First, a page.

The current situation:
Many manufacturers have been passing on higher inflation-driven manufacturing costs to consumers in the form of price increases. Procter & Gamble raised prices by 10% in the March quarter, which is on top of a 10% increase in the December quarter. In the fourth quarter of 2023, PepsiCo raised prices by 16% and Unilever raised prices by more than 13%. But the pressure to reduce prices will be strong if the economy enters into a recession. How consumers respond to both price increases and decreases is the topic of this week’s Sales Factory Consumer Pulse.
What consumers are saying:
Our Consumer Pulse report found that 90% of respondents are watching the prices of everyday items closely. Approximately one-third of respondents have noticed price decreases in categories they frequently purchase, such as groceries and personal care products. Here are a few highlights from this week’s Consumer Pulse:
• 76% have changed products and/or brands to save money because of inflationary price increases.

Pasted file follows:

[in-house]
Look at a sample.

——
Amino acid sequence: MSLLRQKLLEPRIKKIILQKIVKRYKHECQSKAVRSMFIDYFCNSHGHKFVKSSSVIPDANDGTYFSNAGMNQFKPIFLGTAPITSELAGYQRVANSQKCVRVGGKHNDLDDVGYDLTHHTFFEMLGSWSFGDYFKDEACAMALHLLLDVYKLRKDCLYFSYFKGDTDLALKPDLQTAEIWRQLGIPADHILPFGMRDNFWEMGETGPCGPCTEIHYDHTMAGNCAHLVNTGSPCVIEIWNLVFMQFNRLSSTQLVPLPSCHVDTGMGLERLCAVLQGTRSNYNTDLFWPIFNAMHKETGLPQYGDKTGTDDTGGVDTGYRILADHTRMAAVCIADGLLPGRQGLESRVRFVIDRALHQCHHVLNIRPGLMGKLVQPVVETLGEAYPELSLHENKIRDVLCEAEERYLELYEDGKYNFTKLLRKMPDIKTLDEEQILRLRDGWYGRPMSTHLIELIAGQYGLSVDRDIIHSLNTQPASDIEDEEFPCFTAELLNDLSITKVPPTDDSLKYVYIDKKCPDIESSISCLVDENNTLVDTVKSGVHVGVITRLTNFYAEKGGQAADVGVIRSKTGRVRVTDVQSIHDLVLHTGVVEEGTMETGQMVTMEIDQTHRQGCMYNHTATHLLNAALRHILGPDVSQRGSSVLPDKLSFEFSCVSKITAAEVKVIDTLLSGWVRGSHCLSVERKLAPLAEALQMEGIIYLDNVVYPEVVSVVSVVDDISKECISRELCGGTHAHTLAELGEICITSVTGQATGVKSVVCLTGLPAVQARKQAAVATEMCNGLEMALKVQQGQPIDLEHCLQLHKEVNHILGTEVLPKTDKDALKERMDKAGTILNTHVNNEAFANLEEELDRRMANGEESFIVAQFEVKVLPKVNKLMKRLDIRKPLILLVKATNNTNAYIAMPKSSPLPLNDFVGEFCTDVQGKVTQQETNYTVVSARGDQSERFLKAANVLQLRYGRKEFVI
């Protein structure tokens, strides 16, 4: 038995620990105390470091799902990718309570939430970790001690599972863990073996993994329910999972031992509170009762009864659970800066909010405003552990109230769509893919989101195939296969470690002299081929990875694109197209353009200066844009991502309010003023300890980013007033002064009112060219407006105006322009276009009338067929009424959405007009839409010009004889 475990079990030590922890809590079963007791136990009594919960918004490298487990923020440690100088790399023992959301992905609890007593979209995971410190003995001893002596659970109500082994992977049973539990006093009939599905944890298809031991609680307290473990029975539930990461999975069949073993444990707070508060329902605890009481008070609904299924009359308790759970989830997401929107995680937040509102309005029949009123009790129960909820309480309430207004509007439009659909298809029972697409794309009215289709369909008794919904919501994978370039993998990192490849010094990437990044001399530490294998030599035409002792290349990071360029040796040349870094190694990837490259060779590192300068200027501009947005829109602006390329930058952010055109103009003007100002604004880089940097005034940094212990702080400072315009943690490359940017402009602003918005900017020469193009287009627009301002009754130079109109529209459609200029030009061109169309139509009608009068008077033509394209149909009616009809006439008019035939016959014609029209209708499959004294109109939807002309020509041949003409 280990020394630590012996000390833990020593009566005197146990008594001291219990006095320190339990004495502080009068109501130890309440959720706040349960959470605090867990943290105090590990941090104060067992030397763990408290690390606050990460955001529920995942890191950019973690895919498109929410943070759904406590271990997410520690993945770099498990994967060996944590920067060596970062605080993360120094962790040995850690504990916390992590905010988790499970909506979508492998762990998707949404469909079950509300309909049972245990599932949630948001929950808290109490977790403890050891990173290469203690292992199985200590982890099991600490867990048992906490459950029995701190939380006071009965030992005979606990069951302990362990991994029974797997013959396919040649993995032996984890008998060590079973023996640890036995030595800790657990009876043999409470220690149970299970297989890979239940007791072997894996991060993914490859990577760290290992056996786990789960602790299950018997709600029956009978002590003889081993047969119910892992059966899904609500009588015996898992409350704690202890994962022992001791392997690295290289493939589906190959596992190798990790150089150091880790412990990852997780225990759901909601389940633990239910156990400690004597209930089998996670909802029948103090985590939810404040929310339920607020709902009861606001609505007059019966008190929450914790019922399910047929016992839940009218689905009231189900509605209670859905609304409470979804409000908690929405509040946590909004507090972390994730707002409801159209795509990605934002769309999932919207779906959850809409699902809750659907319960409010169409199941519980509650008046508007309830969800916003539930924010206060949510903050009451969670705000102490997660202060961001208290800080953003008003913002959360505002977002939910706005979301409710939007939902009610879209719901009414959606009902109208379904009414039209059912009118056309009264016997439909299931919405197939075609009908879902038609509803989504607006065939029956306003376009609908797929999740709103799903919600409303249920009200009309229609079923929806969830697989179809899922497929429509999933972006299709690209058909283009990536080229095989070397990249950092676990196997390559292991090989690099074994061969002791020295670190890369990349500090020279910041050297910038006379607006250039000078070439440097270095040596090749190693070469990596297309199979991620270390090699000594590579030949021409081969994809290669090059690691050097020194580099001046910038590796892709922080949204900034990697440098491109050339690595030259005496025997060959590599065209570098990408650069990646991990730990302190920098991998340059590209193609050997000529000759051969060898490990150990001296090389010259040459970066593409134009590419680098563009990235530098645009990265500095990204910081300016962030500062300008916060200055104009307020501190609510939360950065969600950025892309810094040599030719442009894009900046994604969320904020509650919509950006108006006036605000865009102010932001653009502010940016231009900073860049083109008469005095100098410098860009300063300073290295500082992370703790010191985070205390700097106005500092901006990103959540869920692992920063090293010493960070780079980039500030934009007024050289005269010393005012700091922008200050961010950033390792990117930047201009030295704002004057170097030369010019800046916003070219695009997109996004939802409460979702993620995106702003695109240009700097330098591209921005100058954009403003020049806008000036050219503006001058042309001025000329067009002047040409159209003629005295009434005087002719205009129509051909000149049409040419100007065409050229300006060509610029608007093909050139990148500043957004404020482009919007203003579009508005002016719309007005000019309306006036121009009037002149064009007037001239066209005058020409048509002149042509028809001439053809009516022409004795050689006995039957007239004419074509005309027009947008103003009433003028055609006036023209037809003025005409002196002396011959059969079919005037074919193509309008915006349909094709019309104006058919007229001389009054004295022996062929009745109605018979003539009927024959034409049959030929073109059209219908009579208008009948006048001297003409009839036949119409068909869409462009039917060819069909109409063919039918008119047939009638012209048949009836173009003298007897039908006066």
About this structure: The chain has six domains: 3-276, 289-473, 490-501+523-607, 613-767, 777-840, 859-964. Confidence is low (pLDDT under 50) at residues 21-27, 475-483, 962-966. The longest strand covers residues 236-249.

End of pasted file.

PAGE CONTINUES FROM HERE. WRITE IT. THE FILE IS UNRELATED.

• 58% say that falling prices have resulted in changes to the products and/or brands they buy.
• 62% say they are waiting for prices to come down before making a major purchase.
• 55% don’t expect prices to decline over the next 6 months.
While predicting a recession is about as precise as predicting the weather, most economists put the odds of the U.S. entering a recession at about 65%. Understanding how your consumers will react to pricing decisions on your products is crucial as the economy pivots from inflationary increases to potential recessionary decreases.
Do you want to take the Pulse of your customers? Our Insights team will partner with you to design a study that will help you better understand your customers and their problems, and how your brand can win at retail.
To get additional insight into what this means for brands and retailers, read the entire study.
Like what you're reading?